For many years, the image that came to my mind when hearing the word interculturalist was an intercultural trainer. However, while volunteering for SIETAR Europa I realized that everybody can be an interculturalist by applying intercultural studies and theories to their field, no matter what they research or what they work on. The SIETAR-network is certainly full of trainers, but we have been welcoming researchers and professionals from other areas of knowledge to expand the interdisciplinary application of intercultural studies too. This is clearly visible in the topics of our webinars, ranging from the business applications of intercultural models, cultural identity in language learning and teaching, cross-cultural mediation, refugee integration, intercultural negotiation, or neuroscience.
Nevertheless, there is a lack of integration of intercultural research in other fields of study. As a PhD student of Communication and Interculturality, my research focuses on the field of public diplomacy. To keep it simple, we will refer to public diplomacy (PD) as the set of activities and communication that countries exercise to inform, understand, engage, and influence foreign publics with the aim of improving the country’s image. As you can imagine, there is a great deal of intercultural interaction in the public diplomacy world at many different levels. However, I am surprised by the lack of integration of intercultural models that would ease the international relations between governments and people.
First of all, not all PD academics recognize the importance of culture in international relations. For example, Rhoads defended in both Routledge Handbook of Public Diplomacy from 2009 and 2020 that psychological and sociological studies can provide universal patterns of human behaviour much more reliable and effective than intercultural studies. Of course, the influence of sociology and psychology, as well as neuroscience, should be considered when dealing with intercultural relations, although several intercultural studies prove cultural differences to be equally important, such as in Hofstede’s, Trompenaars’, or Meyer’s models, among others.
Secondly, most of the time when academics in the PD field integrate culture in their studies, they do it by classifying it as part of cultural diplomacy, generally a showcase of national cultures around the world without real intercultural interaction (Bu, 1999; Finn, 2003; Brown, 2012; Cull, 2019; Goff, 2020). It is true that some programs under cultural diplomacy do not necessarily stick to one-way communication. Cull defines four core approaches to cultural diplomacy in his book Public Diplomacy: Foundations for Global Engagement in the Digital Age: cultural gift, cultural information, cultural capacity building, and cultural dialogue. The last two approaches do promote intercultural understanding and two-way communication, but its explanation is generalized and does not include any guidelines on how capacity building or dialogue can be conducted across cultures.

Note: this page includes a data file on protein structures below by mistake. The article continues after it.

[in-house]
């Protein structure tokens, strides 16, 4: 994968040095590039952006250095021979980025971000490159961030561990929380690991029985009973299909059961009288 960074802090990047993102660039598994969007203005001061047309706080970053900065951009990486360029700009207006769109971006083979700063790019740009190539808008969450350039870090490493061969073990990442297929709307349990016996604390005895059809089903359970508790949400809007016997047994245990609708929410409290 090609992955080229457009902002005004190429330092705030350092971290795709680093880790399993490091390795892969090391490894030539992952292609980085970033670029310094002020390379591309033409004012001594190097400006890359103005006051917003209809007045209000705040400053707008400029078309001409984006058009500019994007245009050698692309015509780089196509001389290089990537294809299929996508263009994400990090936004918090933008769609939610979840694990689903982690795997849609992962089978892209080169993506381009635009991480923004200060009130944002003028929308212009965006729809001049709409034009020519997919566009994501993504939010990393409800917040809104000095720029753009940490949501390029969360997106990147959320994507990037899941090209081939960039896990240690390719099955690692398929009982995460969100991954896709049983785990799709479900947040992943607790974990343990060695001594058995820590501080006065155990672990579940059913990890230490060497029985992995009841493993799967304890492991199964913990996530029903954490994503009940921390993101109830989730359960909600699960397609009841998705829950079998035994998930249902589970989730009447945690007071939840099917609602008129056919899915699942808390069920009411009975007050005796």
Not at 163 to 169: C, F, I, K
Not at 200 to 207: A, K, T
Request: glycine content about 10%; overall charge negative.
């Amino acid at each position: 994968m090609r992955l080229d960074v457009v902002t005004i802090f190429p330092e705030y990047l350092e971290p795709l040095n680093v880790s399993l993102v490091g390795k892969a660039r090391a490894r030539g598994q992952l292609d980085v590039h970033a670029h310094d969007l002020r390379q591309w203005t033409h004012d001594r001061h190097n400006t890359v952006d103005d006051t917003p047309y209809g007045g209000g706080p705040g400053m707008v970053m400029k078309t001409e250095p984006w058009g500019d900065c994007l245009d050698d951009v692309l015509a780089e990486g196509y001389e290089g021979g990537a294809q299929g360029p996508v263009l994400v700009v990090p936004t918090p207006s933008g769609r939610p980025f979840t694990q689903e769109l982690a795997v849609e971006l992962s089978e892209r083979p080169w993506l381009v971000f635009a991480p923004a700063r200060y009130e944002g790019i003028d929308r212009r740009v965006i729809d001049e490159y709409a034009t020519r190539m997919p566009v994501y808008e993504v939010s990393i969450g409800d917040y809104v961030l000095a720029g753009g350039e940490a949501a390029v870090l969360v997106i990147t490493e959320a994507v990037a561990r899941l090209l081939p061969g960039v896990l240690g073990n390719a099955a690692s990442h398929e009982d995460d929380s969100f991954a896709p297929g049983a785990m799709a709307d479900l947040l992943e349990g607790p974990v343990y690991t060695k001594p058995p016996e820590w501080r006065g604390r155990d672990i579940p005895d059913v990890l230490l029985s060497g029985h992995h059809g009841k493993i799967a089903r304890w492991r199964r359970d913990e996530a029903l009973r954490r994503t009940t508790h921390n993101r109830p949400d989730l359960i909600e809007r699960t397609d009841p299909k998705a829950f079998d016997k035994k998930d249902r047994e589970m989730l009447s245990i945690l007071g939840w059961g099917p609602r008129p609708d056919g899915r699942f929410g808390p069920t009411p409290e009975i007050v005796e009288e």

Thirdly, the existing literature on cultural differences and intercultural relations nowadays comprises a long list of cultural models and dimensions that differ from country to country (or from cultural unit to cultural unit if we acknowledge the existence of regional cultures as well as transnational ones). To name a few, these models have introduced high-context vs. low-context, individualism vs. collectivism, power distance, universalism vs. particularism, uncertainty avoidance, ascription vs. achievement, and more. Regardless of the large number of cultural dimensions introduced by the existing intercultural models, PD theories integrate only two of these concepts: high-context vs. low-context (the most general dimension) and individualism vs. collectivism. Sevin’s concept of “shared soft power” introduced in his book Public diplomacy and the implementation of foreign policy in the US, Sweden and Turkey and Zaharna’s theory of communication – with individual, relational, and holistic approaches – presented in the latest Routledge Handbook of Public Diplomacy, integrate non-verbal aspects to the process of communication reflecting the consideration of high-context cultures. Both theories also include collectivistic perspectives through the prevalence of group and network communication over the individual. In the research of both PD academics, there is a clear transition from the mainstream Western individualist perspective, shifting to a more non-Western collectivistic perspective in their PD models.
The lack of non-Western perspectives in PD research is widely denounced by academics. However, there is not enough attention to the lack of recognition and application of intercultural differences across studies to adapt the models to different cultural contexts, no matter what country they are writing from. As a very early scholar, I am trying to bring an intercultural lens to the field, but my work alone will not be enough to change the current dynamics. We need more interculturalists researching, practicing, and analysing public diplomacy, while simultaneously acknowledging their own cultural (unconscious) bias, treating the intercultural part of the field with the importance it deserves!
Carla Cabrera Cuadrado
SIETAR Europa’s President, Carla, will provide a session on this topic at the SIETAR Europa Congress in May 2022. The congress will be held in-person in Malta, but it is also possible to join us online. Interested? Please follow this link for more information.